I really want to teach my children that “stuff” is not important.  I want them to grow to see how they can use the gifts that they have been given to be a blessing in the world, and how to love and grow in our family and community.  I want them to sharpen the skills and interests that they have.  I want the focus to be on becoming who we were meant to be, not passing the time and waiting to grow up.  I think so many kids spend so many hours in front of the TV watching cartoons and shows, and though as a babysitter I am thankful for movies, I want my kids to grow up being active in the world and believing that they can truly make a difference.
Maybe I’m weird, but I would be completely open to not even owning a TV.  This sounds so strange, because I own so many movies, but as I have been refocusing my life during this Lent time, I have seen so much how I have fallen in love with life away from watching movies.  I have discovered things that I love to do, skills that I have, and ways that I can serve God and connect with Him.  I want my kids to grow up outside, learning about God’s creation and maintaining a child-like wonder at the beauty of God.  I want to give them opportunities to be creative and to think big.  I want them to dream, to fall in love with God’s dreams, and make them happen.
This little essay is so disorganized because I am just writing as I am thinking.  Since I have not watched movies or TV, I have enjoyed life so much more.  I have discovered things that I would so much rather do with my time.  I love photography and trying to capture in just a small way the beauty of God.  I love writing and sharing the things that God is teaching me.  I love sitting by the lakeside and watching the ducks swim in the water.  I love relaxing on the dock and watching the sun set over the railroad tracks and see the colors reflect off the water.  I love sitting in the dark and looking at the moon and listening for the gentle whisper of God.  I want my kids to know what it’s like to live life like this.  I want them to see my love and passion for God in the way I live my life.  I also don’t want them to fall into the trap that they need to be busy every second of every day to make their lives matter.  The most important thing we could ever learn is how to just “be” in God’s presence, and spending time with Him is a more valuable way to spend our time then constantly moving up the ladder to be successful.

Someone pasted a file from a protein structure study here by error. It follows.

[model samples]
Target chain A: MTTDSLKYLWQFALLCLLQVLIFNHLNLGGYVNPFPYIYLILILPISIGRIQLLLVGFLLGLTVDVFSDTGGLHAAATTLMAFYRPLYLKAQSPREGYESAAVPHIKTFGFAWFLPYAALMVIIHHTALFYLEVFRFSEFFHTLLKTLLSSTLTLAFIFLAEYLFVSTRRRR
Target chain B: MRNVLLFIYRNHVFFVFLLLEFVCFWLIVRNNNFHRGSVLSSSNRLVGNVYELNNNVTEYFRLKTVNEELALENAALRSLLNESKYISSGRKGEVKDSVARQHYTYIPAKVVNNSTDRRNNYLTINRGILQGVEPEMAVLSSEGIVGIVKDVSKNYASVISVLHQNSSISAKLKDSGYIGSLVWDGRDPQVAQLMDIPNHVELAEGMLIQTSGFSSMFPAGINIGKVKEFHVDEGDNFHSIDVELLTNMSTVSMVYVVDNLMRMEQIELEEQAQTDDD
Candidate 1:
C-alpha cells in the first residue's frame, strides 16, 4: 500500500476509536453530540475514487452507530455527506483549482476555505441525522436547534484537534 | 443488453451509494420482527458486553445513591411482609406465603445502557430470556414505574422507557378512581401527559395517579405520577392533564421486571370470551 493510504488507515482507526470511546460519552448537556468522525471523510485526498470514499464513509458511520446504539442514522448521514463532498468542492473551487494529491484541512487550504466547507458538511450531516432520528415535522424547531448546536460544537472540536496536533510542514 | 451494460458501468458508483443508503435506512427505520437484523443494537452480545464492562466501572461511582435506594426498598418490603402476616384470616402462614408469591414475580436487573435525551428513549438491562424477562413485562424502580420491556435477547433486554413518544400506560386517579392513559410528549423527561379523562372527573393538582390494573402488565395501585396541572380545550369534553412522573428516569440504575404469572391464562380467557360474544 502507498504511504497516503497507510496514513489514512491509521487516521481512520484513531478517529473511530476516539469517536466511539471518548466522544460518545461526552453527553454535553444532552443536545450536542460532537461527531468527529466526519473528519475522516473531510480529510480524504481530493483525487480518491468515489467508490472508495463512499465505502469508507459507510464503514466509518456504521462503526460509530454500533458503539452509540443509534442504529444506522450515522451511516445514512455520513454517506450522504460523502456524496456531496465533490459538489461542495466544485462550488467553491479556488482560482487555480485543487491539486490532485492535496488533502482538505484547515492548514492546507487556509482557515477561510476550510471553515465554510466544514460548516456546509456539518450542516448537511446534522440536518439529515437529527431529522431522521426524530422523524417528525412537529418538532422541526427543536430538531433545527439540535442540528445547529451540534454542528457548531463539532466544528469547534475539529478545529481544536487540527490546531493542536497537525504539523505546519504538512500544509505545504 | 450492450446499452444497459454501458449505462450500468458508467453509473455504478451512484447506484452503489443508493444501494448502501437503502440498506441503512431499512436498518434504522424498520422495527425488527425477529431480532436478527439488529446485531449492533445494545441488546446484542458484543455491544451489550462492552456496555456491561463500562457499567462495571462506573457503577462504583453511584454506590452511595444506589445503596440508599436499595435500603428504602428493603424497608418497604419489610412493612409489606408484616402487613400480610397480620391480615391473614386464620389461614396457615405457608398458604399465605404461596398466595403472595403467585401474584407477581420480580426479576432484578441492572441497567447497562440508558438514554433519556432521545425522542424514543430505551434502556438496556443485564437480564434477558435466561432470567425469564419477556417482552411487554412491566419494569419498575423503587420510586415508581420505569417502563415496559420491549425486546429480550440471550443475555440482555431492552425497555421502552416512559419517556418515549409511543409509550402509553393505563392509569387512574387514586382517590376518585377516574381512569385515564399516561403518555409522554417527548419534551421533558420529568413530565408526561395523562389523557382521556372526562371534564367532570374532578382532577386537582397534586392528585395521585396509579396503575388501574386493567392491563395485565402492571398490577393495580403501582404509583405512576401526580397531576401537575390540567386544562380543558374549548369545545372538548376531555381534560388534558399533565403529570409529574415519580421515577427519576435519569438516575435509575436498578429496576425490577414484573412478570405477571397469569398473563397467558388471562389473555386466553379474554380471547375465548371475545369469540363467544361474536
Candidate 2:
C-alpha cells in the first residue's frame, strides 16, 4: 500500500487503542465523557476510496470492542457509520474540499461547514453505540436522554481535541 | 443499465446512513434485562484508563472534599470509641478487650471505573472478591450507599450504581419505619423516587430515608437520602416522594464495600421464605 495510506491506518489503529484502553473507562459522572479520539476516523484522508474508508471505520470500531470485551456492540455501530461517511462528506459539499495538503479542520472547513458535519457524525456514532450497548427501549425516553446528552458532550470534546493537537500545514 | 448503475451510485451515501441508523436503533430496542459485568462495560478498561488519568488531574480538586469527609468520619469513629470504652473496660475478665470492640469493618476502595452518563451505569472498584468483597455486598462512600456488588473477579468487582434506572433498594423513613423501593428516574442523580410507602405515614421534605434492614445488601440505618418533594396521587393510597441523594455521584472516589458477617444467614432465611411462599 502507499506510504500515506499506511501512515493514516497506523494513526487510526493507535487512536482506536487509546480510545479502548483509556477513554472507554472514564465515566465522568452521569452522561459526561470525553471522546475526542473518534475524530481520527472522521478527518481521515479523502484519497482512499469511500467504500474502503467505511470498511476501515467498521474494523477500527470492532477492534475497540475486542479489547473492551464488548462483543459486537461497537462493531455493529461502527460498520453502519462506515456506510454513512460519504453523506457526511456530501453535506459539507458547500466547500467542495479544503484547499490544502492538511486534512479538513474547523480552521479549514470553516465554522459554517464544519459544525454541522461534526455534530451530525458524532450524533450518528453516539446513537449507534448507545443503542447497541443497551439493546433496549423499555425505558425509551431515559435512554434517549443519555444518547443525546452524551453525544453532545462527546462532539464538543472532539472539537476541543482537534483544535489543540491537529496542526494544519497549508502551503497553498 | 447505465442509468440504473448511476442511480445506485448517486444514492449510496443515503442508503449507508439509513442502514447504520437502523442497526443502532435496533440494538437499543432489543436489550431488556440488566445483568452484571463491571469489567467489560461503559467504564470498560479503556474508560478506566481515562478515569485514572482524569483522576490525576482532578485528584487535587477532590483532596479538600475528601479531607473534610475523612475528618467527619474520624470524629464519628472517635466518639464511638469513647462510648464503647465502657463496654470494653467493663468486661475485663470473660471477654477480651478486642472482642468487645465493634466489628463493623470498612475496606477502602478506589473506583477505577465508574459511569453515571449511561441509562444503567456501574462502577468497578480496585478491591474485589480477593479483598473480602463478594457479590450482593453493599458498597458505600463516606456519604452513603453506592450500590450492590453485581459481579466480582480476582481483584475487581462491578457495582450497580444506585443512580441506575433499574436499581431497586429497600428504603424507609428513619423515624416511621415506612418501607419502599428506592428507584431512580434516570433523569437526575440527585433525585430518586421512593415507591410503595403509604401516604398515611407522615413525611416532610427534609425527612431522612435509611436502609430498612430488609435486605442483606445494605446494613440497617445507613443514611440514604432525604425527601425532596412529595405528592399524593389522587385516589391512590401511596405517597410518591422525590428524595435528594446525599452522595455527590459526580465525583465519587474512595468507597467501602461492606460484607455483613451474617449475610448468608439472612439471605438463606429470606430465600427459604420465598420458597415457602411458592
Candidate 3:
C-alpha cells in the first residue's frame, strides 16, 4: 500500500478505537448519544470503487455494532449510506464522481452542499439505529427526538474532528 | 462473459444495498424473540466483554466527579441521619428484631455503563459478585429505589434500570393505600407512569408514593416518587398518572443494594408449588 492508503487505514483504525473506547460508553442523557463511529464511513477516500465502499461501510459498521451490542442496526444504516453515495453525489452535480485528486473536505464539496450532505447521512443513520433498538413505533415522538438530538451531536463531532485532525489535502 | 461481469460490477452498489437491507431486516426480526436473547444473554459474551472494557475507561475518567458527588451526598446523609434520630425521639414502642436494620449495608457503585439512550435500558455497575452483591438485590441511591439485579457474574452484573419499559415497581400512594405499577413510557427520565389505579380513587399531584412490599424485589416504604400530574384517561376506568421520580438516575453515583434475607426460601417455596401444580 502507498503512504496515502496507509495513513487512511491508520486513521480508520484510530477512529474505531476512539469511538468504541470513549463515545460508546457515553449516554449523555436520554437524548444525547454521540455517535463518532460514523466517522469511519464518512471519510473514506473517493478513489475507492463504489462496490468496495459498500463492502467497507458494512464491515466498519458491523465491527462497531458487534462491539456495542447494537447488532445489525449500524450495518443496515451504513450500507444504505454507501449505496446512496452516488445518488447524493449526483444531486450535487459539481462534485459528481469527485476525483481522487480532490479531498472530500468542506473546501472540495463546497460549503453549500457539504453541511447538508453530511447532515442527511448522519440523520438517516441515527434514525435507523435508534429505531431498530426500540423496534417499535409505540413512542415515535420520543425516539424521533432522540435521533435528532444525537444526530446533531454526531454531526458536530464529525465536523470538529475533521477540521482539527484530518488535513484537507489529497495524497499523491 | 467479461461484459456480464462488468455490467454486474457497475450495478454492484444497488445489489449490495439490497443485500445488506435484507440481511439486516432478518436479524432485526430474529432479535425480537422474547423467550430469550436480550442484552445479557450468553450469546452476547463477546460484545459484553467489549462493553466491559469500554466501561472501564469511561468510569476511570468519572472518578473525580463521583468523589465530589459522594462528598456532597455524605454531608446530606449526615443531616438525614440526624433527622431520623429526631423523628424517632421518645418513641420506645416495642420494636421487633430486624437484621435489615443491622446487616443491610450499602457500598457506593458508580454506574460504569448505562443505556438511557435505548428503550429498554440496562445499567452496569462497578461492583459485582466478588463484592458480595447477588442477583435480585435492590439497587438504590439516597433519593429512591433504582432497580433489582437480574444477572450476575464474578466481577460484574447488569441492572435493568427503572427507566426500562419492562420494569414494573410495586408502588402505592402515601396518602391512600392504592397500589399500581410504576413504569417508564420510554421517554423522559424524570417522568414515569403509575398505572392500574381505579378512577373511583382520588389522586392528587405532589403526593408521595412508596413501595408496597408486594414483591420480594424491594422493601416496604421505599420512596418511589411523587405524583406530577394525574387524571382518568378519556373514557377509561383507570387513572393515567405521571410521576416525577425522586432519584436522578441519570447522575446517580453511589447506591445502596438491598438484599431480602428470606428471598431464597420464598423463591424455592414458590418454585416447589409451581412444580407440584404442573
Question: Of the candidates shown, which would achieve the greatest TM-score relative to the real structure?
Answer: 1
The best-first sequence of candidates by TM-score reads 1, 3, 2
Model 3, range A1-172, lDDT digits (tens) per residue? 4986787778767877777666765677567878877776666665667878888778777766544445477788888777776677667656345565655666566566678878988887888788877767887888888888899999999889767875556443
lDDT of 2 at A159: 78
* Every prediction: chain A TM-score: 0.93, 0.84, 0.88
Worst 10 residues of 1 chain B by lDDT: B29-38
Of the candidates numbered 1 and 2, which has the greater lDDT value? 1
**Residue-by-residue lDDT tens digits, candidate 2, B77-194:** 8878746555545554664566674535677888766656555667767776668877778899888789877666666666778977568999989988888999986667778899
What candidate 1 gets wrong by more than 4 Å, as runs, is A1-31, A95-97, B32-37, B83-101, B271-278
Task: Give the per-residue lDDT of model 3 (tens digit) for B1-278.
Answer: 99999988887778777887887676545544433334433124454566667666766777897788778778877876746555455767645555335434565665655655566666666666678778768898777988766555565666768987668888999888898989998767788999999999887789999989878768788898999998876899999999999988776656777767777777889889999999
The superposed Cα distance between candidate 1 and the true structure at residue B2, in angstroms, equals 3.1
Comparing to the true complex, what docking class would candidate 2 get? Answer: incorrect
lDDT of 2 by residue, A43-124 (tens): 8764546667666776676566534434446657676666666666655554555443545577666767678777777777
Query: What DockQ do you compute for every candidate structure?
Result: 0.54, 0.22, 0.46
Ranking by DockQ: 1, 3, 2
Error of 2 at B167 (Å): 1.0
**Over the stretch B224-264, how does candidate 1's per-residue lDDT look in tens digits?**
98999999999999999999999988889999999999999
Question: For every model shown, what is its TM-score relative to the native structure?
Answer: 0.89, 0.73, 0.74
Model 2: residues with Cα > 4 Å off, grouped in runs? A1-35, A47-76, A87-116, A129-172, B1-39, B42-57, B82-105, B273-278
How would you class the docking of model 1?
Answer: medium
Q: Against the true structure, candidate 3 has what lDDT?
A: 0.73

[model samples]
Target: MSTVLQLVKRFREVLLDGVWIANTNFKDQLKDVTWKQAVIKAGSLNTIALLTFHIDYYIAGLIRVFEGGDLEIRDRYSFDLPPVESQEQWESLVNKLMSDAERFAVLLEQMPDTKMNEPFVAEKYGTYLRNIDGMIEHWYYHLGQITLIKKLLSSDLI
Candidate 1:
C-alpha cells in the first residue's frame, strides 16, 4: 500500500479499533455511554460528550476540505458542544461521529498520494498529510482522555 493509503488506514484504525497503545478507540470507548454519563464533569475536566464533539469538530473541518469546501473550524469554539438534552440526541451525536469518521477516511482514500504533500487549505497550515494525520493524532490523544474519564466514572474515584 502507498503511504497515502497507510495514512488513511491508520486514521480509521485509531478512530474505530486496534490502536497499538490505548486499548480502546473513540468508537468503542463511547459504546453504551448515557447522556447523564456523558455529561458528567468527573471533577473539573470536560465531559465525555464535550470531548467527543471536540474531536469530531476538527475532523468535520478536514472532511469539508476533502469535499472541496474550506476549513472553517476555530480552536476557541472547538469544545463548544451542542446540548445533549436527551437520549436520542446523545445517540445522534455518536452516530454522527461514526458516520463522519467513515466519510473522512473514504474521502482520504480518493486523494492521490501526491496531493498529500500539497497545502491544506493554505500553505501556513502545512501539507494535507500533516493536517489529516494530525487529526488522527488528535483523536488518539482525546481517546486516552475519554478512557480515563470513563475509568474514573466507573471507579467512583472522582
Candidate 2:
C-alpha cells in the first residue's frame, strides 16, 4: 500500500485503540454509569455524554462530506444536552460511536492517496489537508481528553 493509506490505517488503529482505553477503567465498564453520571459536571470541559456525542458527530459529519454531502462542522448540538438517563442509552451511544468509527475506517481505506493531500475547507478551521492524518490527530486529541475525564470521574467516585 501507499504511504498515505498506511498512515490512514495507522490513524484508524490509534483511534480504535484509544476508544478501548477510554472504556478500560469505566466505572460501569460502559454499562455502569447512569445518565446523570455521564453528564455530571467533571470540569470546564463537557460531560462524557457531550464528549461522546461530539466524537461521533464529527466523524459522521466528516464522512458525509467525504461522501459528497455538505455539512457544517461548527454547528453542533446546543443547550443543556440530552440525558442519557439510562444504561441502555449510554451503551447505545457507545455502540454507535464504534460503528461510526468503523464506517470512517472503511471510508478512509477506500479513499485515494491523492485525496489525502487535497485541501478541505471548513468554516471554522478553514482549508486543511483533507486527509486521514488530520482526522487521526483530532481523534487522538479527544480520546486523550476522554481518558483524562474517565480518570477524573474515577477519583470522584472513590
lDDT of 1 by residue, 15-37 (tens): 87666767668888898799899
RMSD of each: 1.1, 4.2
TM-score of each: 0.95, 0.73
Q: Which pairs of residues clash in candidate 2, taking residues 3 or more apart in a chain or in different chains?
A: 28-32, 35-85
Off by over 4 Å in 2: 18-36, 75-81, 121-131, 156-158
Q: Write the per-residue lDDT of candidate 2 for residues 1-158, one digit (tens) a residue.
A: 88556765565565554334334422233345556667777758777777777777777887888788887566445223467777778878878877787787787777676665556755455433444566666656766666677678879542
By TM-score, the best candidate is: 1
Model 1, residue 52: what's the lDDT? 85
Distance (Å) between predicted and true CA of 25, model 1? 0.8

I think sometimes too as parents, we (I say we even though I don’t have kids) tend to move toward what is easy, because life is hard and exhausting and when we have a full-time job, all we want to do when we get home is collapse.  I truly believe though, and I want to live this with my life, that when I have kids, to see them as a gift from God, and that He is entrusting me with these little “people” to not only teach them how to live, but also how to become who God created them to be.  Every child is born with a unique personality and a unique set of gifts.  I see in so many ways how I am so different from my parents.  Sometimes I wonder how that happens.  However, I want to give my children the freedom to discover what they love, to sharpen their talents, and to find their place in the world.  I want to raise them to have responsibility and maturity, but not impose my own ideas about who they should become.  If my kid does not like bowling, then I will not make them bowl.  If they really like acting, then I will help them find ways to be in drama clubs and plays.  I’m probably just talking off the wall, but this is my blog, so I guess I’m allowed to.  You can stop reading anytime you want to.